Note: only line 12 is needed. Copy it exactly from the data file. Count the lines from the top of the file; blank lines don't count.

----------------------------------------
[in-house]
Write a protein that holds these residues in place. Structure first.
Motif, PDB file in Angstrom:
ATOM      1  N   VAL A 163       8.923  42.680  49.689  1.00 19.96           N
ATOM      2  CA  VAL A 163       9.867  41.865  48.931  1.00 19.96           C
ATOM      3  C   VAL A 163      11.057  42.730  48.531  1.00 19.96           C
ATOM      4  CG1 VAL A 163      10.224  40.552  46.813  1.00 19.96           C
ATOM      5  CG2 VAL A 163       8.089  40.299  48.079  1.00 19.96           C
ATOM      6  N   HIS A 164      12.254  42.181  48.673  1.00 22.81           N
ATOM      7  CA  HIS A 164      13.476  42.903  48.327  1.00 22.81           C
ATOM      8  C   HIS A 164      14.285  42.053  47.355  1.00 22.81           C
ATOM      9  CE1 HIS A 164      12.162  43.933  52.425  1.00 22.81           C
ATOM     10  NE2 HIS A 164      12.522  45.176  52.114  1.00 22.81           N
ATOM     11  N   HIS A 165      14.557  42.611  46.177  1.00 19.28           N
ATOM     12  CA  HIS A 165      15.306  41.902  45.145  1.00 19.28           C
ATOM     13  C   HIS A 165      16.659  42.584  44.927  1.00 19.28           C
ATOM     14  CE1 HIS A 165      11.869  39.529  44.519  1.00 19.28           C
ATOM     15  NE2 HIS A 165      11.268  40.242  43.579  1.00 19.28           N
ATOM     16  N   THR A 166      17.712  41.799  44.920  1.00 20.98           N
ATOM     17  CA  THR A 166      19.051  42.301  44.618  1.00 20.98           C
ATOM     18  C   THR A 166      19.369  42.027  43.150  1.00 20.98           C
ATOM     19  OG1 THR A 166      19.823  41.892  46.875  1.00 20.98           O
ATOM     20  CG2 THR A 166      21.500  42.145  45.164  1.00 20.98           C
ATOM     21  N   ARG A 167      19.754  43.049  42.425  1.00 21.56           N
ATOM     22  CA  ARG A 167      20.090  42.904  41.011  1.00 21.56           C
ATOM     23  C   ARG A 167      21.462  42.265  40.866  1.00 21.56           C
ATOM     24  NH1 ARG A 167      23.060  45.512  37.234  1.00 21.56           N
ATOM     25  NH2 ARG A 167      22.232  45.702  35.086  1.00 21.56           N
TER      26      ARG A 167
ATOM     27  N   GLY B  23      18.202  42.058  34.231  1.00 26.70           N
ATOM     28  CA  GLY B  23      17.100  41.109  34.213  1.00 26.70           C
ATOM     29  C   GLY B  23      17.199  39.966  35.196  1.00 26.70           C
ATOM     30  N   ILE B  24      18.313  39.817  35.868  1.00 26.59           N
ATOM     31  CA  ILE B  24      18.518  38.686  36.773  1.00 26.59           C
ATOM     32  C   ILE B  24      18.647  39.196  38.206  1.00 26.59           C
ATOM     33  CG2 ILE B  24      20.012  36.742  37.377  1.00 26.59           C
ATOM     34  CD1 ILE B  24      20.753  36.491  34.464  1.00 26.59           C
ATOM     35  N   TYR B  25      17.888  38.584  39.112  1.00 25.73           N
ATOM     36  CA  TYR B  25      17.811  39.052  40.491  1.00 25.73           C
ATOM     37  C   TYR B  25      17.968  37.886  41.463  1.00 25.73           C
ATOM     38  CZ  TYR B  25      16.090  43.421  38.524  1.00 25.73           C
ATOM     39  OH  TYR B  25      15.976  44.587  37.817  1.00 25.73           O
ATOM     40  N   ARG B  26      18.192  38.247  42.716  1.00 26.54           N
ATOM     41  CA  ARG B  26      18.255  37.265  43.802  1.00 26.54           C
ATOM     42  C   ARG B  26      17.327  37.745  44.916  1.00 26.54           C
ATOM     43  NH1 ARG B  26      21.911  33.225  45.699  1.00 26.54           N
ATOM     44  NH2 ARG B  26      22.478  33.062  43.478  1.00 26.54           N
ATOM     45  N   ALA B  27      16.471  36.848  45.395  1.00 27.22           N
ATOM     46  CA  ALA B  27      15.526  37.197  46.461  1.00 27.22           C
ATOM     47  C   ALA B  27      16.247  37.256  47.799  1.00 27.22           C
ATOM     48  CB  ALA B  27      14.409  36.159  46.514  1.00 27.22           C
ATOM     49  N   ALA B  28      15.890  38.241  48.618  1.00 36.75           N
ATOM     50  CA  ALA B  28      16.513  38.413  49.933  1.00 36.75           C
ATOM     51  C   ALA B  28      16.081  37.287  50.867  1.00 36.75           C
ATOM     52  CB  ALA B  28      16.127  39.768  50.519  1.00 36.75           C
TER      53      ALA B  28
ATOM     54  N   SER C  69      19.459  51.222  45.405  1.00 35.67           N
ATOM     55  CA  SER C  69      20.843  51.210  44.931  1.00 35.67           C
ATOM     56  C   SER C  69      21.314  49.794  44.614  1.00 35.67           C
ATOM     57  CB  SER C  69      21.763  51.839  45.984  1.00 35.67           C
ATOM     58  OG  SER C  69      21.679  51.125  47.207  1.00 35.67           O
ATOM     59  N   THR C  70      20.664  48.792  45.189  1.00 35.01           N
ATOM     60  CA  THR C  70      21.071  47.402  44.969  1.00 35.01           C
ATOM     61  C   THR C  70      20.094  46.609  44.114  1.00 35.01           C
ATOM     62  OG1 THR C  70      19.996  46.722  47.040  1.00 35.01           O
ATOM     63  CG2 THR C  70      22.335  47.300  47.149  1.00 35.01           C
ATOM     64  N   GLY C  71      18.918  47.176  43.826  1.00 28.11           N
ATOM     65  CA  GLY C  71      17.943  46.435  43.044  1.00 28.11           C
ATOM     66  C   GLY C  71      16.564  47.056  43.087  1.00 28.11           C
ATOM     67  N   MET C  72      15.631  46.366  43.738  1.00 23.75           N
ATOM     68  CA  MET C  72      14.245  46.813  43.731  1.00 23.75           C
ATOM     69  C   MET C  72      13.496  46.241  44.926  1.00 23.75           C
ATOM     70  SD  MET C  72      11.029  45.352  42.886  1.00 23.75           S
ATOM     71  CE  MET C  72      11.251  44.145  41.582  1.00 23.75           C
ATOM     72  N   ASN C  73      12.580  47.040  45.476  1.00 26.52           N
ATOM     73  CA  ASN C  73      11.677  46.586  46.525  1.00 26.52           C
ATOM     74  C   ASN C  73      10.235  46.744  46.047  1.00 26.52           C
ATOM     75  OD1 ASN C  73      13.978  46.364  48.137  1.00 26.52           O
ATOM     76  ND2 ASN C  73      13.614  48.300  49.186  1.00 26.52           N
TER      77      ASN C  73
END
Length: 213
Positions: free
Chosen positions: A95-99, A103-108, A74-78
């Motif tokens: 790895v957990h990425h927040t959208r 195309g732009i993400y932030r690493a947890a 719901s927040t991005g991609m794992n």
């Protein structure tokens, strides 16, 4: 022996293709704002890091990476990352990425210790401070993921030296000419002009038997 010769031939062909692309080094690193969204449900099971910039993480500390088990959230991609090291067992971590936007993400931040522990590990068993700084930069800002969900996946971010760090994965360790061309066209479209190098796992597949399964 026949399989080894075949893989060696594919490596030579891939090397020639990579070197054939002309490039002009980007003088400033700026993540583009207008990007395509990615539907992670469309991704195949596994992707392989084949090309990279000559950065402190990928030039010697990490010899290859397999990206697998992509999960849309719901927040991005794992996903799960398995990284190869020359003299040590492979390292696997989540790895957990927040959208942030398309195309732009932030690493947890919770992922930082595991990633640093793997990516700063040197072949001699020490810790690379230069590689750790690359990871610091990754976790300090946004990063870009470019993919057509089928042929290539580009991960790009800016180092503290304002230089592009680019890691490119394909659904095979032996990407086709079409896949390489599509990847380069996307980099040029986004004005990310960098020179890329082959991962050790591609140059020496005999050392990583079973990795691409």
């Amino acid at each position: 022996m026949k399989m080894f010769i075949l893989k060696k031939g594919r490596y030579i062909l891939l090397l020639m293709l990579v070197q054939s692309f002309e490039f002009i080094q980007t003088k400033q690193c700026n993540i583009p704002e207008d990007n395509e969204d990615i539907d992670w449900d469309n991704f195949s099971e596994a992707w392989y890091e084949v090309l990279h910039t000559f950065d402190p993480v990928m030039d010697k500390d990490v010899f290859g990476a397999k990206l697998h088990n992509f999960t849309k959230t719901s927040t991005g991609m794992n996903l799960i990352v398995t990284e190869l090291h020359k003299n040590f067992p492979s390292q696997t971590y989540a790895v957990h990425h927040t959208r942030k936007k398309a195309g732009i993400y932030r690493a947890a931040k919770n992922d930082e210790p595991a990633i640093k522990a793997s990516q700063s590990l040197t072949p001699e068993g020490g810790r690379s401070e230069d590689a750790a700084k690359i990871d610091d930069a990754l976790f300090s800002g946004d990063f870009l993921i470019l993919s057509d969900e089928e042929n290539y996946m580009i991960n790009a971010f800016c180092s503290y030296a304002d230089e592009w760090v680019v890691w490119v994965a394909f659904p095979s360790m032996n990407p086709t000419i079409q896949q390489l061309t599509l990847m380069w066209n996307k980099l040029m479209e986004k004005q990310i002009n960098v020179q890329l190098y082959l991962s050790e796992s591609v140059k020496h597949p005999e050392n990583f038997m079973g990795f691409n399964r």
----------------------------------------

ATOM      9  CE1 HIS A 164      12.162  43.933  52.425  1.00 22.81           C